Internet of Things. There’s a mixed bag of radio technologies competing in this space. The cellular industry would quite like to use embedded SIMs and an optimised form of LTE but other wide area RF systems. SIGFOX, LORA, Wi-Fi variants including 802.11ax and low power schemes such as Bluetooth or Zigbee make this a complex topic without a clear single winner. Joe Madden expressed this well in an analogy with the automotive industry.
Cloud. The term has become so overloaded and abused it requires an extra layer of scrutiny to clarify what each new scheme is proposing. Topics covered everything from Big Data analytics, network management systems, gateways and even Small Cells as a service.
Topics of popular interest at the show included ever better Virtual Reality (who knows – maybe we won’t physically have to attend shows in the future). In the short term, strong interest in 360-degree videos (natively supported by YouTube, Facebook and Chrome browsers already) will fuel increasing data demands on networks. Samsung’s booth hosted a simulated roller coaster ride, with groups of delegates wearing virtual reality goggles (based on the new S7 phone) and sitting in a gallery of moveable seats. Soon you will be able to try this at home or (I dread to think) on the commute to work.
LTE-U, LAA and MuLTeFire
There was no shortage of demos of these upcoming small cell technologies, aggregating LTE in licenced and unlicensed bands to add capacity. Qualcomm think LTE-U will be commercial in 2016, LAA in 2017 (using a 20MHz channel) with faster 40MHz channel to follow in 2018. These are downlink only, augmenting the existing LTE service in licenced spectrum. Verizon seems likely to be one of the first to deploy.
The MuLTeFire Alliance, launched during the show, takes it a step further and allows a completely standalone LTE network to run in unlicensed spectrum. Derek Petersen, CTO Boingo, was very excited about the possibility of running a neutral host small cell network in venues which would seamlessly roam to all cellular networks. Alliance membership has strong vendor support from Nokia (who provide its chairman), Ericsson, Qualcomm, Intel, Spidercloud, Ruckus Wireless, CASA systems and others but I haven’t yet seen any network operator endorsement.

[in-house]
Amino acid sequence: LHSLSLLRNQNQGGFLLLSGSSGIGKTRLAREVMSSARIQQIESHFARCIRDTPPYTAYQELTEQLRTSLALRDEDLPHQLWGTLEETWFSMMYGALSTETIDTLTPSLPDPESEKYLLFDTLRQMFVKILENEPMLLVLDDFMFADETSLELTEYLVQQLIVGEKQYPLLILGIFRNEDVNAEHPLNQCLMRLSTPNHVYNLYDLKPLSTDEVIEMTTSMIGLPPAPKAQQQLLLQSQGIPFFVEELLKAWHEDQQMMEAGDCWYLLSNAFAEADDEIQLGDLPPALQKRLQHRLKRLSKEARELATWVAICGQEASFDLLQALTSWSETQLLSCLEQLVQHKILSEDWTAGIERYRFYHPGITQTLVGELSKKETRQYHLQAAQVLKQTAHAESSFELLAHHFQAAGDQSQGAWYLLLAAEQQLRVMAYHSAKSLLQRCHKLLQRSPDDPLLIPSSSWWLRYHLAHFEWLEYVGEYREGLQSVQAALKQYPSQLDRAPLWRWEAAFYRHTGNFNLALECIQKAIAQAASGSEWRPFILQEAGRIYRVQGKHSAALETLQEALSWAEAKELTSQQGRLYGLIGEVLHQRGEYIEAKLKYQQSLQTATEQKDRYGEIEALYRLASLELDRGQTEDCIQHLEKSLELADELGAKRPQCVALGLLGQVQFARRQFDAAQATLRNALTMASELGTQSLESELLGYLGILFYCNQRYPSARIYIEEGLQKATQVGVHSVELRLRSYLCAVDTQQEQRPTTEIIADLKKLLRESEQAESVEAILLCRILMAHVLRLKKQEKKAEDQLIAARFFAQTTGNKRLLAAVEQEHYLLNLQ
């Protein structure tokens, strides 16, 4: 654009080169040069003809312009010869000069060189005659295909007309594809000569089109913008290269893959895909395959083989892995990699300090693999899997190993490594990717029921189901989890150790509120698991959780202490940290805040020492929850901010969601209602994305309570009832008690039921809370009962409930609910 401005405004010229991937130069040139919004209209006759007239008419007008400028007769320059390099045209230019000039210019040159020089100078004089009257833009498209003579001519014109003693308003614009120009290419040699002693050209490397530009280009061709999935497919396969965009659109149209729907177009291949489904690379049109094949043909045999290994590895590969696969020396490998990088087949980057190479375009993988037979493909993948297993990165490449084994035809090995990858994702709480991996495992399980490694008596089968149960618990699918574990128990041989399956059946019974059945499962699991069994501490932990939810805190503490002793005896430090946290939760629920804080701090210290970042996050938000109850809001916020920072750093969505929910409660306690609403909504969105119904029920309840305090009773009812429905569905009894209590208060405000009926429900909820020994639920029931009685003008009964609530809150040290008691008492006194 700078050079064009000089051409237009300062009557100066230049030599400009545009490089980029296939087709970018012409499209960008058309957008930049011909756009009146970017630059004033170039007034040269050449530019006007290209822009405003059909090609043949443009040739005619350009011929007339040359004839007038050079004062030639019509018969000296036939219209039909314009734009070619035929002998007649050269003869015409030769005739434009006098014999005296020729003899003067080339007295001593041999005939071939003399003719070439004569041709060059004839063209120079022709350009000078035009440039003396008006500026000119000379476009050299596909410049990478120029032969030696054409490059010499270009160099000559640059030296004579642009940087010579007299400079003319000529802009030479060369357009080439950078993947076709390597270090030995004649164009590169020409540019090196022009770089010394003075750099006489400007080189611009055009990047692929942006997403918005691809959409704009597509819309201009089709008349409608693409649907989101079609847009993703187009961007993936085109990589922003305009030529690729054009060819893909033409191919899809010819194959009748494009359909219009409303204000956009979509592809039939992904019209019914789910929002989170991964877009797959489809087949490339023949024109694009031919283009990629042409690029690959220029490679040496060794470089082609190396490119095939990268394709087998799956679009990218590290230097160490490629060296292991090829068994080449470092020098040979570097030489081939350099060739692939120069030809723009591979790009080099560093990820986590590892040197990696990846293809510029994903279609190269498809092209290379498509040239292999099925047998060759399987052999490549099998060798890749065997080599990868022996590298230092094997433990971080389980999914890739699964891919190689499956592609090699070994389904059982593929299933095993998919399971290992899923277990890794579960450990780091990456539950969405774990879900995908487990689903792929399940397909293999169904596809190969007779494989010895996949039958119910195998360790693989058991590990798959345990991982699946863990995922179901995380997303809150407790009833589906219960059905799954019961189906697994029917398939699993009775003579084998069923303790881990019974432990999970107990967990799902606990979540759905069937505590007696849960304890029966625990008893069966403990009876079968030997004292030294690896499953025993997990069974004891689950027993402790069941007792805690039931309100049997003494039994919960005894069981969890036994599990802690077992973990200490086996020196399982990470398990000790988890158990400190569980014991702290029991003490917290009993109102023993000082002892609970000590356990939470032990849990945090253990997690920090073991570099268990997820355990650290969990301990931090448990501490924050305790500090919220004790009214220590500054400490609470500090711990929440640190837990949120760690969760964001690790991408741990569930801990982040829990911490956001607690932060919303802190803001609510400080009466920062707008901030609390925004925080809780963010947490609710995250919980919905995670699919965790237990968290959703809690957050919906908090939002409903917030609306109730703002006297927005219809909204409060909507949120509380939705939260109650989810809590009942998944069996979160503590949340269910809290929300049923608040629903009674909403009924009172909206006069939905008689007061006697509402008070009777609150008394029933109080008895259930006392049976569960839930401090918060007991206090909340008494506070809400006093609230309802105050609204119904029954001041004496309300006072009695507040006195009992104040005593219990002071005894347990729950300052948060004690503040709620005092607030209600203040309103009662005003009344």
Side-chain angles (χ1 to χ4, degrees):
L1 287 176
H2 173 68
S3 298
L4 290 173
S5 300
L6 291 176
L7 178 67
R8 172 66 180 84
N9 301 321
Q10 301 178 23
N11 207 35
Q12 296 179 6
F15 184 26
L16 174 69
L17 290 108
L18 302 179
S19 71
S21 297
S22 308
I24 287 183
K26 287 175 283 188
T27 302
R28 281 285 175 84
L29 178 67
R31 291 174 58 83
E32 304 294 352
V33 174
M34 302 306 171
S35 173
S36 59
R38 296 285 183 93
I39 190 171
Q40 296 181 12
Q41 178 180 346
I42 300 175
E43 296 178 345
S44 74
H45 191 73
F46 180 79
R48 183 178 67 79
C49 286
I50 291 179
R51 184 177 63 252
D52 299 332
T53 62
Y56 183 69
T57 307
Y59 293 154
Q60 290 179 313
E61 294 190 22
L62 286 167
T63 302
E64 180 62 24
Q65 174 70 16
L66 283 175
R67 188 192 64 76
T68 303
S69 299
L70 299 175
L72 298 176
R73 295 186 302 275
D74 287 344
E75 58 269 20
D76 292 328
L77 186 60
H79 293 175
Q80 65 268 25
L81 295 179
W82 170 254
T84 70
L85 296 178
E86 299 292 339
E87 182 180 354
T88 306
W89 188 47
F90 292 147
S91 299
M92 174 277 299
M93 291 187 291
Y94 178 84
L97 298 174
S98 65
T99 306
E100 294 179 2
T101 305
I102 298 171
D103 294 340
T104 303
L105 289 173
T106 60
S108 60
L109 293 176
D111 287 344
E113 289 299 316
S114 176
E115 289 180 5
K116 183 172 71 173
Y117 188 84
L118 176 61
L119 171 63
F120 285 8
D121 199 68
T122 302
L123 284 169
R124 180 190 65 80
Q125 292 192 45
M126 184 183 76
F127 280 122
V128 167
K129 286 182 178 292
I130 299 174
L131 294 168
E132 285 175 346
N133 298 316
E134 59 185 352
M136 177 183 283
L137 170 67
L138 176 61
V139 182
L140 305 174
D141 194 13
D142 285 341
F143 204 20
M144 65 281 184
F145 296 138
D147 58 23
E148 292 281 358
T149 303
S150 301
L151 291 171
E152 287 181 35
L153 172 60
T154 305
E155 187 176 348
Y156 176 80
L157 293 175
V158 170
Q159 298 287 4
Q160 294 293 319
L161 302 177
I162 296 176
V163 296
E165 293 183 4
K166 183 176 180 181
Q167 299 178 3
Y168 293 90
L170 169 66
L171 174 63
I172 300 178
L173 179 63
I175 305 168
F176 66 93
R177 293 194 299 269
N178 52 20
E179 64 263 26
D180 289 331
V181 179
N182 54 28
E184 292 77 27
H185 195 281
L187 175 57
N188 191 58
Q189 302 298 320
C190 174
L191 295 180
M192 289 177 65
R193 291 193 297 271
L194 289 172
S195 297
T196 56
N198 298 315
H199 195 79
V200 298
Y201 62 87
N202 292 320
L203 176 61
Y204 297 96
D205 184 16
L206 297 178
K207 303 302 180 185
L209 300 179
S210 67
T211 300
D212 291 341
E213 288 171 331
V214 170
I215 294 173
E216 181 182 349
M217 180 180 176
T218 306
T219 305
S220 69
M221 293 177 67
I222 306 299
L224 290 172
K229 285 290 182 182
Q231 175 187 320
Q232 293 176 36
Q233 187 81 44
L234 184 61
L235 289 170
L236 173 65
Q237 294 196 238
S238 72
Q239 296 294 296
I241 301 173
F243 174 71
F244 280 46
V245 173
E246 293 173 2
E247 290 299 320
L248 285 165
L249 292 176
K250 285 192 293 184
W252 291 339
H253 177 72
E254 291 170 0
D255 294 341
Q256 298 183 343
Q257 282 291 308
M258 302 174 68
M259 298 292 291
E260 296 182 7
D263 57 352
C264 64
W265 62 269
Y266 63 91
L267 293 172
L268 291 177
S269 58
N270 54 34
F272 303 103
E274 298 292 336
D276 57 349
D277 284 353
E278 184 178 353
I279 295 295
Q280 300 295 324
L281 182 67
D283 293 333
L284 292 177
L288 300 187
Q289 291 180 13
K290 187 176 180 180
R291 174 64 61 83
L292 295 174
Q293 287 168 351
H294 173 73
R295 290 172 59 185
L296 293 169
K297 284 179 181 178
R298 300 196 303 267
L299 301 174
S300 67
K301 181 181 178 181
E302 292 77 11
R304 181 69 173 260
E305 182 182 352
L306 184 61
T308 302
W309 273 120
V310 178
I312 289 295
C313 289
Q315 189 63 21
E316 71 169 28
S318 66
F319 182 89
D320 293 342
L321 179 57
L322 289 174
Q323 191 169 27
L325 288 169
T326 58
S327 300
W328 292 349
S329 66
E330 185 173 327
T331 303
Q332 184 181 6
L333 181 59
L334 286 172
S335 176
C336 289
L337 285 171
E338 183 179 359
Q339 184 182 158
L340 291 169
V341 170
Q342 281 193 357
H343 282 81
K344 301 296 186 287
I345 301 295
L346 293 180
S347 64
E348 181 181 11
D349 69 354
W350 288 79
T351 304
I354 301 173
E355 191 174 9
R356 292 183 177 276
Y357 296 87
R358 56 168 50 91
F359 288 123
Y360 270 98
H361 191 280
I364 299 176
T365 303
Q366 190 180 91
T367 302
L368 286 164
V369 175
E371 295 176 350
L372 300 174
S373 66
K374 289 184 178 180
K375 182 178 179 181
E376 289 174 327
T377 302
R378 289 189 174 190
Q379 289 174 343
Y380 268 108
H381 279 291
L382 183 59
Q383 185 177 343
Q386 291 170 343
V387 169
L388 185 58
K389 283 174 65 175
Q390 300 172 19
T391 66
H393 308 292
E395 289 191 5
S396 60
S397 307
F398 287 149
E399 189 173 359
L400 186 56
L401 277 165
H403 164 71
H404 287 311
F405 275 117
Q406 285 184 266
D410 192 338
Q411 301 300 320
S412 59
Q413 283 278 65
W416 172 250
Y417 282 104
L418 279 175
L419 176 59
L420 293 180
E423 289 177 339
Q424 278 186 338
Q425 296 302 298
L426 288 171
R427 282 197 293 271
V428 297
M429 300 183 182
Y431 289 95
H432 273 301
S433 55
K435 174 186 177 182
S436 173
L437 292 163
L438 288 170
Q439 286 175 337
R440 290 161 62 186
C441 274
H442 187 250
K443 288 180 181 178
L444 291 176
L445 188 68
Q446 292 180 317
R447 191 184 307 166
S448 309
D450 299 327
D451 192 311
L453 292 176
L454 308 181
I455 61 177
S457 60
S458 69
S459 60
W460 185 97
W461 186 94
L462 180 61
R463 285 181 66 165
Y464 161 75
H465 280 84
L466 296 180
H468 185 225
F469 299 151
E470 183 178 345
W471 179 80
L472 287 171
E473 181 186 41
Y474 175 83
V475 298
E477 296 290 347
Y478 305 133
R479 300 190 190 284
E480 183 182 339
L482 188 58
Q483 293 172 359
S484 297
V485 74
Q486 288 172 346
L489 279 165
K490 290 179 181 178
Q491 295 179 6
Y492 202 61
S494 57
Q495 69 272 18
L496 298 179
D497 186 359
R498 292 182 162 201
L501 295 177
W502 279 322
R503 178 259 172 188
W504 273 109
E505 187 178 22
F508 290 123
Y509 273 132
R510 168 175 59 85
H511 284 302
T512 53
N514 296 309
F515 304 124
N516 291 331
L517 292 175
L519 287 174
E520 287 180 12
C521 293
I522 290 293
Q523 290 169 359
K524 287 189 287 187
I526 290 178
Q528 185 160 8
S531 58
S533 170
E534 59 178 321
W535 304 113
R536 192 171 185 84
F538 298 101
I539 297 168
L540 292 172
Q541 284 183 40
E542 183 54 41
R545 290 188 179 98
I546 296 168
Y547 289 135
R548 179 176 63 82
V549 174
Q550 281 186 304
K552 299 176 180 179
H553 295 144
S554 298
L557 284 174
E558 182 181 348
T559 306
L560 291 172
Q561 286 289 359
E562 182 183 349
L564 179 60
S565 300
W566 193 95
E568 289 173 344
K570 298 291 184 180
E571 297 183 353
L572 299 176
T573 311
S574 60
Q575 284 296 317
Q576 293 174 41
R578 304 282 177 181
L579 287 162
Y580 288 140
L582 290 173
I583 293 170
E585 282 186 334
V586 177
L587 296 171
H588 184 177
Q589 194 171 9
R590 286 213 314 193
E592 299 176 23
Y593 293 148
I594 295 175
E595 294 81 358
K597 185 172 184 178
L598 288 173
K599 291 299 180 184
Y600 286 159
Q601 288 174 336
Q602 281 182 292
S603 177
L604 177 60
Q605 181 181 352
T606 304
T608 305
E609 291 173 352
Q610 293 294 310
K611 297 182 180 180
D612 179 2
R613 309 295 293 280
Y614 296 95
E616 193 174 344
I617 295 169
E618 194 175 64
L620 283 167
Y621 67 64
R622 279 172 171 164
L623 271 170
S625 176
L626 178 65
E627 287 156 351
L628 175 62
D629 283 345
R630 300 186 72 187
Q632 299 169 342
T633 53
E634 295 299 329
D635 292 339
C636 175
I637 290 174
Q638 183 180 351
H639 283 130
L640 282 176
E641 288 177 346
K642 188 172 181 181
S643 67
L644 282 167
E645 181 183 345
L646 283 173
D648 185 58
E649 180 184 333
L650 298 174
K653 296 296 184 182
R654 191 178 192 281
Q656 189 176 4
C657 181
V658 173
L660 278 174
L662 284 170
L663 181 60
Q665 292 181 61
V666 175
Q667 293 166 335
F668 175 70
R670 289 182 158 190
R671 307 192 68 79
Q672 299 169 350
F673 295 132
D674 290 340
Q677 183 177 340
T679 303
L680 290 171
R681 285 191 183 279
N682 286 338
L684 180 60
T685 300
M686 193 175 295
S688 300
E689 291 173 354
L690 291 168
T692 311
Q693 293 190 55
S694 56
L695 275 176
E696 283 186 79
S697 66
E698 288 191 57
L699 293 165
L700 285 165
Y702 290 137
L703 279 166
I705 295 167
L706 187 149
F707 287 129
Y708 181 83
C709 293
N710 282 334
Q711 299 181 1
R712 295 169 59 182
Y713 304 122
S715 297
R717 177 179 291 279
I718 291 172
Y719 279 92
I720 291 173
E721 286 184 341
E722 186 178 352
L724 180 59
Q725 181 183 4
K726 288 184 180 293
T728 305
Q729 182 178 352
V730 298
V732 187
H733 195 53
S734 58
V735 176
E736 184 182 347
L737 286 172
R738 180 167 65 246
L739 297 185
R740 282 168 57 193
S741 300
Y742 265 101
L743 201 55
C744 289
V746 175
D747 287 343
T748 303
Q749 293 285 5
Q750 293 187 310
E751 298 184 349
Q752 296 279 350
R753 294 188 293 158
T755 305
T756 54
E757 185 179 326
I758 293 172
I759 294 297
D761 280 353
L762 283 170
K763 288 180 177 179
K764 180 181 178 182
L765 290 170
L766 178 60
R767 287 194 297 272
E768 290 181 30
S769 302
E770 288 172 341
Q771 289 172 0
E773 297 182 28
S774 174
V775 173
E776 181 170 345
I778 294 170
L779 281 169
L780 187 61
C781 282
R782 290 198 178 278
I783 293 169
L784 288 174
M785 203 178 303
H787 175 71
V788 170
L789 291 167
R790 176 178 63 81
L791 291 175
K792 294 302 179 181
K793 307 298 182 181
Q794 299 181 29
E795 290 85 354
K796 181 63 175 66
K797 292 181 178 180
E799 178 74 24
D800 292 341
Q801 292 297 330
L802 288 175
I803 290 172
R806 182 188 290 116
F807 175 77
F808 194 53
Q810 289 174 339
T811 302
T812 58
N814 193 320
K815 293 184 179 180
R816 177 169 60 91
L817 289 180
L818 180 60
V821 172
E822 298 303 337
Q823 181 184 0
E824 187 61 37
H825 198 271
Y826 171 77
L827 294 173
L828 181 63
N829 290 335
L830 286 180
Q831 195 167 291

The most popular question at the show
Edgar Figuero, Wi-Fi Alliance chairman, pointed out that the most common question heard was “What’s the Wi-Fi password?” Sadly, this is a reflection that Passpoint has not been widely adopted by (home) network operators – arguably why should they, since it reduces their revenues. Shrikant Shenwai, WBA CEO, sees no technical barrier to deployment and told me it’s just a question of time. I think there is a much larger issue at stake around the business case in that Wi-Fi is perceived to be free. There’s also the question of Quality of Service where LTE should have an advantage and did work well onsite.
The above two issues feed through to a neutral host arrangement where enterprises and venues install and pay for a neutral host system, centrally managed by specialist aggregators who are directly linked into all the networks. I felt there was a groundswell of opinion that this was the direction the industry was headed, not necessarily led by the operators but many recognising this was inevitable.
The analyst team at Wireless 20/20 told me they have been extremely busy with Neutral Host consultancy since they were swamped at their Small Cells Americas workshop last November. Berge Ayvazian speaking at the Small Cell Forum stand below.